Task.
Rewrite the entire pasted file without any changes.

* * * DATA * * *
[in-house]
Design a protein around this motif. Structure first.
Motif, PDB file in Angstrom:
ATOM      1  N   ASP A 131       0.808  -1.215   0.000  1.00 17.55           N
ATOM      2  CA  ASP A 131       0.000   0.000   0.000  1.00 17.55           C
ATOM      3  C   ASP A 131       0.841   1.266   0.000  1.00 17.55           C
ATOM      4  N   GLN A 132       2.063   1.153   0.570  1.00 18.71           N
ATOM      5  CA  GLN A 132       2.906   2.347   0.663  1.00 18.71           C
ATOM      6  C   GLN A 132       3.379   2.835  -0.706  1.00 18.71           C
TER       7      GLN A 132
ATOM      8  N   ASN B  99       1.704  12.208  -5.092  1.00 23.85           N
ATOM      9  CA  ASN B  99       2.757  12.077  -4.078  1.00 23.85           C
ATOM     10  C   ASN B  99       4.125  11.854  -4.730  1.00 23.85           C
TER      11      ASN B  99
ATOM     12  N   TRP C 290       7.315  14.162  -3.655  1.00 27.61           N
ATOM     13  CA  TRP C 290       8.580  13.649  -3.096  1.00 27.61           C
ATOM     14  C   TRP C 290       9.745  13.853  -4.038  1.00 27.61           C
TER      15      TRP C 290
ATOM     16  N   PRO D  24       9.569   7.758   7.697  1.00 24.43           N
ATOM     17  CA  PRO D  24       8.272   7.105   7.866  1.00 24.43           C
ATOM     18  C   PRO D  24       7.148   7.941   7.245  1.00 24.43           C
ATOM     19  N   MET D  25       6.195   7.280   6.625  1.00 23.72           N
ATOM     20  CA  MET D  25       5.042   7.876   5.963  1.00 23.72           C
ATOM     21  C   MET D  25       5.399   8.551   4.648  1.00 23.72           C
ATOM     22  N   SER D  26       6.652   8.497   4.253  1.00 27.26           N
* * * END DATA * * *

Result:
[in-house]
Design a protein around this motif. Structure first.
Motif, PDB file in Angstrom:
ATOM      1  N   ASP A 131       0.808  -1.215   0.000  1.00 17.55           N
ATOM      2  CA  ASP A 131       0.000   0.000   0.000  1.00 17.55           C
ATOM      3  C   ASP A 131       0.841   1.266   0.000  1.00 17.55           C
ATOM      4  N   GLN A 132       2.063   1.153   0.570  1.00 18.71           N
ATOM      5  CA  GLN A 132       2.906   2.347   0.663  1.00 18.71           C
ATOM      6  C   GLN A 132       3.379   2.835  -0.706  1.00 18.71           C
TER       7      GLN A 132
ATOM      8  N   ASN B  99       1.704  12.208  -5.092  1.00 23.85           N
ATOM      9  CA  ASN B  99       2.757  12.077  -4.078  1.00 23.85           C
ATOM     10  C   ASN B  99       4.125  11.854  -4.730  1.00 23.85           C
TER      11      ASN B  99
ATOM     12  N   TRP C 290       7.315  14.162  -3.655  1.00 27.61           N
ATOM     13  CA  TRP C 290       8.580  13.649  -3.096  1.00 27.61           C
ATOM     14  C   TRP C 290       9.745  13.853  -4.038  1.00 27.61           C
TER      15      TRP C 290
ATOM     16  N   PRO D  24       9.569   7.758   7.697  1.00 24.43           N
ATOM     17  CA  PRO D  24       8.272   7.105   7.866  1.00 24.43           C
ATOM     18  C   PRO D  24       7.148   7.941   7.245  1.00 24.43           C
ATOM     19  N   MET D  25       6.195   7.280   6.625  1.00 23.72           N
ATOM     20  CA  MET D  25       5.042   7.876   5.963  1.00 23.72           C
ATOM     21  C   MET D  25       5.399   8.551   4.648  1.00 23.72           C
ATOM     22  N   SER D  26       6.652   8.497   4.253  1.00 27.26           N